Geography and climate

Leader is located in Saskatchewan's mixed grassland ecoregion. The southern landscape is dominated by flat plains, with rolling hills by the South Saskatchewan River located 10 km (6.2 mi) north of Leader. The Great Sand Hills, a 1,900 km2 (730 sq mi) region of arid plains and sand dunes, lies just southeast of Leader. The town is located at the junction of highways 21 and 32, and is approximately 30 km (19 mi) east of the border with Alberta. Like much of southwestern Saskatchewan, Leader experiences a semi-arid climate (Köppen climate classification BSk). Winters are long, cold and dry, while summers are short but very warm. Average precipitation is 274 mm (10.8 in) of rain per year and 85 cm (33 in) of snow per annum. Mean temperatures in the area range from a January low of −19 °C (−2 °F) to a summer high in July of 26 °C (79 °F).The highest temperature ever recorded in Leader was 41.1 °C (106 °F), which occurred on seven occasions; June 16, 1933, July 26, 1933, July 27, 1936, June 29, 1937, July 4, 1937, June 23, 1941, and August 5, 1961. The coldest temperature ever recorded was −47.8 °C (−54 °F) on February 16, 1936.


Including three rural municipalities, Leader, is the centre of a retail trading area. The economic base of the community centres around the grain and cattle industries. The major industries in Leader and surrounding area are agricultural services and manufacturing. Leader also has tourism trade from attractions such as the Leader Bird Watching Trail, Smith Barn site, and the Great Sand Hills.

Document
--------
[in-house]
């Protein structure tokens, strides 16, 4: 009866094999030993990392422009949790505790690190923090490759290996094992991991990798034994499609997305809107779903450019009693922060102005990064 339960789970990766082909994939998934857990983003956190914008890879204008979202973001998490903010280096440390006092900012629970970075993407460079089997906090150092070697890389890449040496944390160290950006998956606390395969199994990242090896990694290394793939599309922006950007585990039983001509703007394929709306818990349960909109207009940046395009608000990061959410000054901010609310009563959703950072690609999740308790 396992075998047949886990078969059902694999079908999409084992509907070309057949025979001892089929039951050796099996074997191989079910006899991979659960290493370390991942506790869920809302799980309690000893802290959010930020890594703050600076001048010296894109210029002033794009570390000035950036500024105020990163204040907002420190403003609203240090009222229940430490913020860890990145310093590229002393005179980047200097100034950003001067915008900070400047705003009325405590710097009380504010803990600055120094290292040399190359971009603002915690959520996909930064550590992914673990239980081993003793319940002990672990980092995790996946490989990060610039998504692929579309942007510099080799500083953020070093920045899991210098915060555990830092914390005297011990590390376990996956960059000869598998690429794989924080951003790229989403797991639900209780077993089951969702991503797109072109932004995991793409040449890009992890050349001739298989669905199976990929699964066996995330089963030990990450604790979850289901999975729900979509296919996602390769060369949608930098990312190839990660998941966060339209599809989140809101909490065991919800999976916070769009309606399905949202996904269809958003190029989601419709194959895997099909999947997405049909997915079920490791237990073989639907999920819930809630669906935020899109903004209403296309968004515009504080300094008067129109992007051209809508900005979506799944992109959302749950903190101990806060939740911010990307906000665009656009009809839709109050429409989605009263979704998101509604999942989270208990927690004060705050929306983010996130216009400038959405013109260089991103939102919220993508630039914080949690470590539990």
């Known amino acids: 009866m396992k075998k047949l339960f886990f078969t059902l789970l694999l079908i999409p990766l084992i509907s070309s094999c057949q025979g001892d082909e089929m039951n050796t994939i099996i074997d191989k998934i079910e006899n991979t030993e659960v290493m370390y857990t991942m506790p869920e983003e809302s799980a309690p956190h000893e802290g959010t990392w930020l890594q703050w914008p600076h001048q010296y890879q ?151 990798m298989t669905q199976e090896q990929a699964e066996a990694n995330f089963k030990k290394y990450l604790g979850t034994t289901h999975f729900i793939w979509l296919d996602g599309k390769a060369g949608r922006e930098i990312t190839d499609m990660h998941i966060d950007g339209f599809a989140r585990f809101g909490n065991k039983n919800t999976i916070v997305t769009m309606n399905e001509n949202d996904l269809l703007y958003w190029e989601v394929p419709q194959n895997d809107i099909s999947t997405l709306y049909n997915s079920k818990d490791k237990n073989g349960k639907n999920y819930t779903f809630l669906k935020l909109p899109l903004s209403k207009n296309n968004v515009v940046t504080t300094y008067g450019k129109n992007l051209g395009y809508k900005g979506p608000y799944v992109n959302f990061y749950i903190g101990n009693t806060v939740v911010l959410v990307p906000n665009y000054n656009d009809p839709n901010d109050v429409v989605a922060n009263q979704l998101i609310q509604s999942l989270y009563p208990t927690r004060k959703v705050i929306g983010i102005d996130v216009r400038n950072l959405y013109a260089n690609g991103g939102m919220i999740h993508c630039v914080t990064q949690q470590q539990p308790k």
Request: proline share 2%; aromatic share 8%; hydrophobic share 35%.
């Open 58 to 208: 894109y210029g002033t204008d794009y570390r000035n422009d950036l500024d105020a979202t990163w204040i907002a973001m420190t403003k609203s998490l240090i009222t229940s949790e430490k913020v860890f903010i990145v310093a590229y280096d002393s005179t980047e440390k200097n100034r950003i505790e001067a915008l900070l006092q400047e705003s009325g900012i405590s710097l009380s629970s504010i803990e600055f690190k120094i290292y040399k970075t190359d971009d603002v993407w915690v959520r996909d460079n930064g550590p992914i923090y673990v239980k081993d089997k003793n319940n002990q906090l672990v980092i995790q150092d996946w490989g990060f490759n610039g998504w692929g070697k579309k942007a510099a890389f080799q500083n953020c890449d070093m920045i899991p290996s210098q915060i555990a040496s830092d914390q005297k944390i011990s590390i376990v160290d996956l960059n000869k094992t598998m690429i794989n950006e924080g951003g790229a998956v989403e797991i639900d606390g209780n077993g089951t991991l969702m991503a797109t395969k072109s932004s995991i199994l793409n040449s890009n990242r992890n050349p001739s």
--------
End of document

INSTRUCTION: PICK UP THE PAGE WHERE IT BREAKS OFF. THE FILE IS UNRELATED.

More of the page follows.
Leader is the largest community in close proximity to the Great Sand Hills, a vast area of grassland and sand dunes in southern Saskatchewan. The Great Sand Hills are home to an abundance of wildlife, including sharp-tailed grouse, pronghorn, white pelican, merlin, peregrine falcon, coyote, white-tailed deer, golden eagle, badger, weasel, burrowing owl, mourning dove, porcupine, sandhill crane and fox. It is the only known Saskatchewan habitat of the rare Ord's kangaroo rat. Several large sculptures of local wildlife are found at various locations around the town of Leader.The Great Sand Hills Museum is in the nearby village of Sceptre. The museum features historical displays depicting pioneer life such as a boarding house, hospital, livery stable, school, church, and barn as well as vintage farm machinery.The South Saskatchewan River valley, just north of Leader, is the largest tract of riparian woodlands between the Cypress Hills and the northern forests. The Leader Bird Watching Trail is suited for viewing many native bird species, including pileated woodpecker, golden eagle, lark sparrow, yellow-breasted chat, red-headed woodpecker, yellow-green swallow, great blue heron, prairie falcon, ferruginous hawk, long-billed curlew, short-eared owl, loggerhead shrike, and burrowing owl. It is also home to the prairie rattlesnake and one of few known localities of rattlesnakes in Saskatchewan. Checkboard Hill, 6.4 km west of Leader on Highway 741, has a wide view of the river and surrounding landscape.The Smith Barn Site is a provincial heritage site, located approximately ten kilometres northwest of Leader on private property. Its concrete foundation is the only part of the building that remains. A scale model of the barn is located at the Leader tourist information booth. The Hutterites Colony in Estuary was established in 1958. The colony members have preserved the traditional Hutterite production methods, culture, language, and religion. Guided tours of the colony are available to visitors.